Dale Heenan - June '08
I'm looking for relatives of Martin who had a daughter who married into the Thompson
family and had a daughter Matilda who married John?
John McCallum - March '06
In 1953 Jimmie Martin agreed to allow me to use his
airraft, a Gloucester Meteor to makles an attempt at
the world record for the delayed parachute jump, then
held by he Russian, P.A. Storchienko. His record was
10,000 meters. Using the meteor, I ould easily exceed
Storchienko's record because the meteor copuld eject
me at 45,000 feet. If I had a free fall of 41,000 feet,
I would have had the record, which had to be 10% more
than the preceding record.
After working for ten months in Farnborough, with Dumbo
Willans as my coach, Martin decided to wqithdraw the
use of his aircraft. The reason? His insurance company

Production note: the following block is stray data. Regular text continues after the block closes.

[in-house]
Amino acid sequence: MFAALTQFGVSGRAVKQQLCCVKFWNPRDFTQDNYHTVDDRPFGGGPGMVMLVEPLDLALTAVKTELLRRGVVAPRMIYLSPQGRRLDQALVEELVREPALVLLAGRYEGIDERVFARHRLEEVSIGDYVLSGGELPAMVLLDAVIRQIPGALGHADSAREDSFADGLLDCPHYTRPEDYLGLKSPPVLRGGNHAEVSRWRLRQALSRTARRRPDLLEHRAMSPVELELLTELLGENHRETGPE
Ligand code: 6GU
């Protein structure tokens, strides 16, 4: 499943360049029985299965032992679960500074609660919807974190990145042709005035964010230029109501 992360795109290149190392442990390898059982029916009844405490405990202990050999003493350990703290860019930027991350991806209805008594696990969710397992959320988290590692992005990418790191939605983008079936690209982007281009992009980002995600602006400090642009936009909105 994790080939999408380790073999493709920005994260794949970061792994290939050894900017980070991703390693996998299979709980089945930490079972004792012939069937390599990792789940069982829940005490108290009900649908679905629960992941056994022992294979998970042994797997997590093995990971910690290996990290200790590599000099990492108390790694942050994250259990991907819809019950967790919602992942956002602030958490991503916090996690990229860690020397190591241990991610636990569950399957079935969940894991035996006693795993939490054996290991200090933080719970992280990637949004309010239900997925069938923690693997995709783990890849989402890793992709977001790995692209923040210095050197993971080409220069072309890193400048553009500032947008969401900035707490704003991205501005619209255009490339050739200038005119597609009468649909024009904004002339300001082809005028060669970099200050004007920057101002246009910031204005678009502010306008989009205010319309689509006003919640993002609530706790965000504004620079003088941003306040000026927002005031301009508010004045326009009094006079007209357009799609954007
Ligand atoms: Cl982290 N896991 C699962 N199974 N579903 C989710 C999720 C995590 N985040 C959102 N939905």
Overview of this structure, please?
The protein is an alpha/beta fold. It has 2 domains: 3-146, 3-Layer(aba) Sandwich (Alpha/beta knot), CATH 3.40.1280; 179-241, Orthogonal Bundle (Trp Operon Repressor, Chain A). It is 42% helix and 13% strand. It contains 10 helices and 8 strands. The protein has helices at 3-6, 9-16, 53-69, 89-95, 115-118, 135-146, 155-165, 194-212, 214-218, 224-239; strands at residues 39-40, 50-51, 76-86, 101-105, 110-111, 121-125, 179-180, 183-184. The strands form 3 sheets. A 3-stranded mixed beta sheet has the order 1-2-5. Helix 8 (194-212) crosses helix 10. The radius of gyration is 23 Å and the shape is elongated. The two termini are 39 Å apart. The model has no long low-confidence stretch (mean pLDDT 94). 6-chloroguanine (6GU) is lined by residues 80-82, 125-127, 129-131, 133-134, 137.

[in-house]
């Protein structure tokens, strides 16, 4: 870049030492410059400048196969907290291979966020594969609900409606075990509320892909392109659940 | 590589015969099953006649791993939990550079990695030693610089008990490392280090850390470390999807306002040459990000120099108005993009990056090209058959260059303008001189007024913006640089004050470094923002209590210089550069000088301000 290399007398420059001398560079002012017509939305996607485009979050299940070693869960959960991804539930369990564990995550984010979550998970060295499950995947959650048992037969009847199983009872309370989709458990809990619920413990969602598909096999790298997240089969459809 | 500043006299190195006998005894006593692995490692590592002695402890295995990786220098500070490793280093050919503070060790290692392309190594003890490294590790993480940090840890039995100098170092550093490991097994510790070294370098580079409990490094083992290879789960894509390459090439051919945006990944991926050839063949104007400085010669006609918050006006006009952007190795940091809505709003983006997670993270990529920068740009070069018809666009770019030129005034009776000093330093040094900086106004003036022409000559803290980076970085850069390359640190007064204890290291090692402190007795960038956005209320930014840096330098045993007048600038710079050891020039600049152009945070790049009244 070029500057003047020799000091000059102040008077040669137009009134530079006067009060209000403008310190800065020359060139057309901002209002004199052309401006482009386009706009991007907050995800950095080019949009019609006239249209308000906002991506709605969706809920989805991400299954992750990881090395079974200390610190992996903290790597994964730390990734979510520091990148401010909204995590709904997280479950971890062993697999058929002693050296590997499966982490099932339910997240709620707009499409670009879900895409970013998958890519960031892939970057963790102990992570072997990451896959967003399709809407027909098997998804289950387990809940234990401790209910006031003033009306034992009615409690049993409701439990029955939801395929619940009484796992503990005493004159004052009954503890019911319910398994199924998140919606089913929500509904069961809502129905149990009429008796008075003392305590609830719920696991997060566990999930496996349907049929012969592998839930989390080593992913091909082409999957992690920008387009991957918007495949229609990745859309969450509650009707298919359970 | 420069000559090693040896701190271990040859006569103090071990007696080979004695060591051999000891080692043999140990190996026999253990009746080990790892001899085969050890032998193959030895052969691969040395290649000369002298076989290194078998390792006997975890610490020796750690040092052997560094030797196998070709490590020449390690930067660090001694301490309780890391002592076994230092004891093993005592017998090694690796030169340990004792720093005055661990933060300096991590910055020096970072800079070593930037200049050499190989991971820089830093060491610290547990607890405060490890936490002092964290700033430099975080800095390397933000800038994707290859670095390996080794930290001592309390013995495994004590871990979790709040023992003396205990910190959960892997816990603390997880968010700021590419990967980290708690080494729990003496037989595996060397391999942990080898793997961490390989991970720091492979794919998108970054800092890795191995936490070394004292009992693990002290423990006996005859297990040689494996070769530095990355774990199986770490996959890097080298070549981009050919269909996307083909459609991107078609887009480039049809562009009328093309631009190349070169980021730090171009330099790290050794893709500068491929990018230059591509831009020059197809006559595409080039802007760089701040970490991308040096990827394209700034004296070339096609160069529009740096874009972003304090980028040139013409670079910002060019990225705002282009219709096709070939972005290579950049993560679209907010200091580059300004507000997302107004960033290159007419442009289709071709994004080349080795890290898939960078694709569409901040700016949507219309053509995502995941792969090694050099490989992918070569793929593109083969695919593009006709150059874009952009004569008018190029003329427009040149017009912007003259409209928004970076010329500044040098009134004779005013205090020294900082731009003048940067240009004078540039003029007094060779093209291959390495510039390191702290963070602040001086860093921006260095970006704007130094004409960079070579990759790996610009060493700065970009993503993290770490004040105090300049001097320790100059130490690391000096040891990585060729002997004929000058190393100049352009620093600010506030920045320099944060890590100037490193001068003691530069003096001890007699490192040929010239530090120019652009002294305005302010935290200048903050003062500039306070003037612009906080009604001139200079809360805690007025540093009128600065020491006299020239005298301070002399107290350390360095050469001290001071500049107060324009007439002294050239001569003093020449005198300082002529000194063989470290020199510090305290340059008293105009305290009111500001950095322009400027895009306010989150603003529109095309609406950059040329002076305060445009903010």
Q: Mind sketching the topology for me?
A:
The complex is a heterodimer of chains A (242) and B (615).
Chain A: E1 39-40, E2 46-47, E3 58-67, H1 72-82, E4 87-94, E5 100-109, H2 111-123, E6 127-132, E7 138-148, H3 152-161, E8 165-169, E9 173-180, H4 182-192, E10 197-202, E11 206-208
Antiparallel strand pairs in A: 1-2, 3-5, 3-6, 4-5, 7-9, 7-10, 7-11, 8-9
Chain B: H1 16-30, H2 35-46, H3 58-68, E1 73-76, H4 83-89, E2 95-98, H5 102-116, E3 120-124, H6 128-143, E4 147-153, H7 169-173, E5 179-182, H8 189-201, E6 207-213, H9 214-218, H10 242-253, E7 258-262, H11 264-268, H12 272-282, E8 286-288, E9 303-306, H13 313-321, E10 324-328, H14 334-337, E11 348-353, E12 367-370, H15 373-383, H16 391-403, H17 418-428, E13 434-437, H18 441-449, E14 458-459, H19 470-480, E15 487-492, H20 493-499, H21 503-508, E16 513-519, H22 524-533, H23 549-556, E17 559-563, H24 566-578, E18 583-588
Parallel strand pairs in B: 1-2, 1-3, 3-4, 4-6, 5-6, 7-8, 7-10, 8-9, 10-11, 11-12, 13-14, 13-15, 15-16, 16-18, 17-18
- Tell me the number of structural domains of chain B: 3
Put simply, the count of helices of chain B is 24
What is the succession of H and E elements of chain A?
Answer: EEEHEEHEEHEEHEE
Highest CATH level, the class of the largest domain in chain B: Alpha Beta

would not cover me. We knew that from the outset and
I agreed to sign a waver freeing him of liability.
In very brief, that was it. Better o have loved and
lost? I don't know.
Forty PSI writes: Whilst Martin-Baker have developed
the ejection seat to the pinnacle it is currently at,
for very much the reasons already stated, it is generally
accepted that the invention itself came from the Swedish
and the Germans. The Germans even had operational aircraft
in WW2 with the seats fitted and several were used by
pilots to save their lives.
To be fair though James Martin's work was done in ignorance of the work going on elsewhere hence
the invention itself is commonly attributed to him.
Get a copy of his biography by Sarah Sharman for a very interesting story.
This is all predated though by a RAF pilots concept in the 1930's to escape from an aircraft
using a seat with large springs.
Joe Roberts - Jan '07
Isn't it true that the ejector seat was invented at Heinkel in Germany before